This is a geometric series of the form ##\sum_{k=0}^\infty x^k##, where ##x = 10^{-N}##. Since ##|x|< 1##, the sum converges to ##1/(1-x) = 1/(1 - 10^{-N})##,

So the above shows that any real number whose fractional part repeats (base 10, but the same proof works with any base) must be rational. The converse of this is that an irrational number CANNOT repeat. Since ##e## and ##\pi## have been shown to be irrational - see any good real analysis book, or (I thnk) Spivak's Calculus for proofs - this means that they do not repeat.

- #5

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Thank you, that helped a lot. The one thing I just don't really understand is about the proof you showed for a repeating number. Lets say you apply that proof to pi, and you would get about 3110/990 or so, but the numerator still goes on forever. It seems to me to be similar to the effect of circle squaring, you can get so close, but never really there. I feel like it has to do with the special properties of infinity, like 1+2+3... =-1/12. If you have an infinite string of numbers, you can't use finite numbers like 10 or 1000 if you have a repeating string that could be 10^googol^googol^googol long or something like that.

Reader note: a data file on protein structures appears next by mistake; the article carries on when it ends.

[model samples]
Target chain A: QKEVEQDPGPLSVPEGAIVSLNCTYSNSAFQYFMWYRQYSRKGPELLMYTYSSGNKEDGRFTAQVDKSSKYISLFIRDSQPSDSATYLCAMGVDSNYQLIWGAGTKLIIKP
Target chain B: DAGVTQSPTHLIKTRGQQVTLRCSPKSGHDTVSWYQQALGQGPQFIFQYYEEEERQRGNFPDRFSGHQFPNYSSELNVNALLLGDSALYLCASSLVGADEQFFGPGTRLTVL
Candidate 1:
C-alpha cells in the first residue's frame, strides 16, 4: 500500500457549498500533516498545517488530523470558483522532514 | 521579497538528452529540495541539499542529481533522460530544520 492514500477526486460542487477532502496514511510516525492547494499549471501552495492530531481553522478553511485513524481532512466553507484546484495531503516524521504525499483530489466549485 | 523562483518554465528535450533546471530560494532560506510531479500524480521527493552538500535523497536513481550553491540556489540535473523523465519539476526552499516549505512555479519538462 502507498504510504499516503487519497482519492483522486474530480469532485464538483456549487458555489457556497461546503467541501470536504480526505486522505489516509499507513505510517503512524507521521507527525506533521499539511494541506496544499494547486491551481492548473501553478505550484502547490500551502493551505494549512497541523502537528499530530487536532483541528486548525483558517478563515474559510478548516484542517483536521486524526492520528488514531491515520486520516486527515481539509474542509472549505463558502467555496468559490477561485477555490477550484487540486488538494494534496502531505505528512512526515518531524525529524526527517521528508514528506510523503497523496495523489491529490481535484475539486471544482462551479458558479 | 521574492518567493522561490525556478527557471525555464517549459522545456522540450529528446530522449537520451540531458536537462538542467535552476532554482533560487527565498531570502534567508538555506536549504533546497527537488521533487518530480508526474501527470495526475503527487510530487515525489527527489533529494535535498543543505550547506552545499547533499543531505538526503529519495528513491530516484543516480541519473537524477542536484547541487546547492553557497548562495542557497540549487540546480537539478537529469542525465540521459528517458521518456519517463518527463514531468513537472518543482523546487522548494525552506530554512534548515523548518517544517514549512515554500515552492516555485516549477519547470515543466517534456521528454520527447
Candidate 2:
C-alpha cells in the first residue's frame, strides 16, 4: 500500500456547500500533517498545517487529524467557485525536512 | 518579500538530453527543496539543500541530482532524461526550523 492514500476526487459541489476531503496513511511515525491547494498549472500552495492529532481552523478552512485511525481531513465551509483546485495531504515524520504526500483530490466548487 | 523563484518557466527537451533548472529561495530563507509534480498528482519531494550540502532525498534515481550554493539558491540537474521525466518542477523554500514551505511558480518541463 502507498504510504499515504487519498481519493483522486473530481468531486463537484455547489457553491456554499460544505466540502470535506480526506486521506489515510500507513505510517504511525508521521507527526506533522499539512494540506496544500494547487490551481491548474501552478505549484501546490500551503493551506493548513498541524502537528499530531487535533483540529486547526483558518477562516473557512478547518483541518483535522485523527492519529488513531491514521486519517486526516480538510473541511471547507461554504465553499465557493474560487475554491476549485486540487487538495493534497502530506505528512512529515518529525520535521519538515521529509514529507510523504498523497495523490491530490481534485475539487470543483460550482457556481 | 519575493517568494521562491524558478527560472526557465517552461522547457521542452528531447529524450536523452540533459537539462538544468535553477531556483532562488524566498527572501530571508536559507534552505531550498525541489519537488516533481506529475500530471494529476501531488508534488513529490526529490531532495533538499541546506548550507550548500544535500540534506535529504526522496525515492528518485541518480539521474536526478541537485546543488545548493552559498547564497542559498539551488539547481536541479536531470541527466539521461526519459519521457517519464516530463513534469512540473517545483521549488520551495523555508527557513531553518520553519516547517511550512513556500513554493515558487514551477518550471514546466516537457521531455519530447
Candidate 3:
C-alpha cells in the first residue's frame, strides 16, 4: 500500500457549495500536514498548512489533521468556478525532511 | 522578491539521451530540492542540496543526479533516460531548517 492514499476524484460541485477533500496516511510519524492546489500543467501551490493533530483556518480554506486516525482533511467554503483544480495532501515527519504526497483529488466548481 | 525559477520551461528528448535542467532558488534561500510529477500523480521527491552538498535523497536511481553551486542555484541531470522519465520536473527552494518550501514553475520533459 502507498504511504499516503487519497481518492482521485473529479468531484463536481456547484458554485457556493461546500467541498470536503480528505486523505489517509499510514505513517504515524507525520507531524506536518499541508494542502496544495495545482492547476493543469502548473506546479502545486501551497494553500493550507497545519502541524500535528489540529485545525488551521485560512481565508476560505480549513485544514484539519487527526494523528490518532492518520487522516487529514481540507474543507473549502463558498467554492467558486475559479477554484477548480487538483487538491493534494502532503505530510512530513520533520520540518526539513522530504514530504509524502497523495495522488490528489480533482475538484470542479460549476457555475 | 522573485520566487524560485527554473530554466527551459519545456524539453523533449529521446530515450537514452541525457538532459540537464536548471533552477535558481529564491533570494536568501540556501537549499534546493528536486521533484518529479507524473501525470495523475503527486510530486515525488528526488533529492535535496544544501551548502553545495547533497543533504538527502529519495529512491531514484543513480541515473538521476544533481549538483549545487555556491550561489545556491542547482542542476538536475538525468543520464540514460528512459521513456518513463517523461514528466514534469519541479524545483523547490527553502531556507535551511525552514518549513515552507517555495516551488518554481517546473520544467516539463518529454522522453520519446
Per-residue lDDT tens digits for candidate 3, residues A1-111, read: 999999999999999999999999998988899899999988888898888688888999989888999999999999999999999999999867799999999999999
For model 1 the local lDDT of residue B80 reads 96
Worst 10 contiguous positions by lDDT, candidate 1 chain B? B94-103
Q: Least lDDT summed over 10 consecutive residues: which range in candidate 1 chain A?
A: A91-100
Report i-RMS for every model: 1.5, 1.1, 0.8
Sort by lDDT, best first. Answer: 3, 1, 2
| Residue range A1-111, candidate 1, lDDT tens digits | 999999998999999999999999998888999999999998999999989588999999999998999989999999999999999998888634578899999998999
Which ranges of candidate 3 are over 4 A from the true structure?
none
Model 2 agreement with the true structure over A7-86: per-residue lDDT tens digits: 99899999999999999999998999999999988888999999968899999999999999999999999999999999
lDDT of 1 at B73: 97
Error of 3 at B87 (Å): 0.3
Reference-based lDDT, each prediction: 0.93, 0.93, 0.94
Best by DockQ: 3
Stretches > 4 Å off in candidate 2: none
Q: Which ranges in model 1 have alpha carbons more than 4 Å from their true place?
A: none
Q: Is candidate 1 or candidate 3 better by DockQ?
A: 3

[tex]0.101001000100001000001000000100000001...[/tex]

this doesn't repeat because I always keep adding more zeroes between the ones. Another example is the Champernowne's constant, which is just

[tex]0.1234567891011121314151617181920...[/tex]

A moment's thought will convince you it doesn't repeat.

It can be proven (but this is much harder) that ##\pi##, ##e## or ##\sqrt{2}## don't repeat. So we don't claim it because of absence of proof, we can actually prove that they don't repeat.

Also, any repeating number must be a rational number. This is easy to see by the following method. For example, take

[tex]x = 0.213131313...[/tex]

then

[tex]10x = 2.131313131313....~\text{and}~1000x = 213.1313131313....[/tex]

thus

[tex]1000x - 10x = 211[/tex]

thus ##x = \frac{211}{990}##. Thus method works for all repeating numbers. So all repeating numbers are fractions of integers. On the other hand, using long division, we can show that fractions of integers necessarily repeat.

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- #6

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Rest assured, 1+2+3+...≠-1/12.

- #7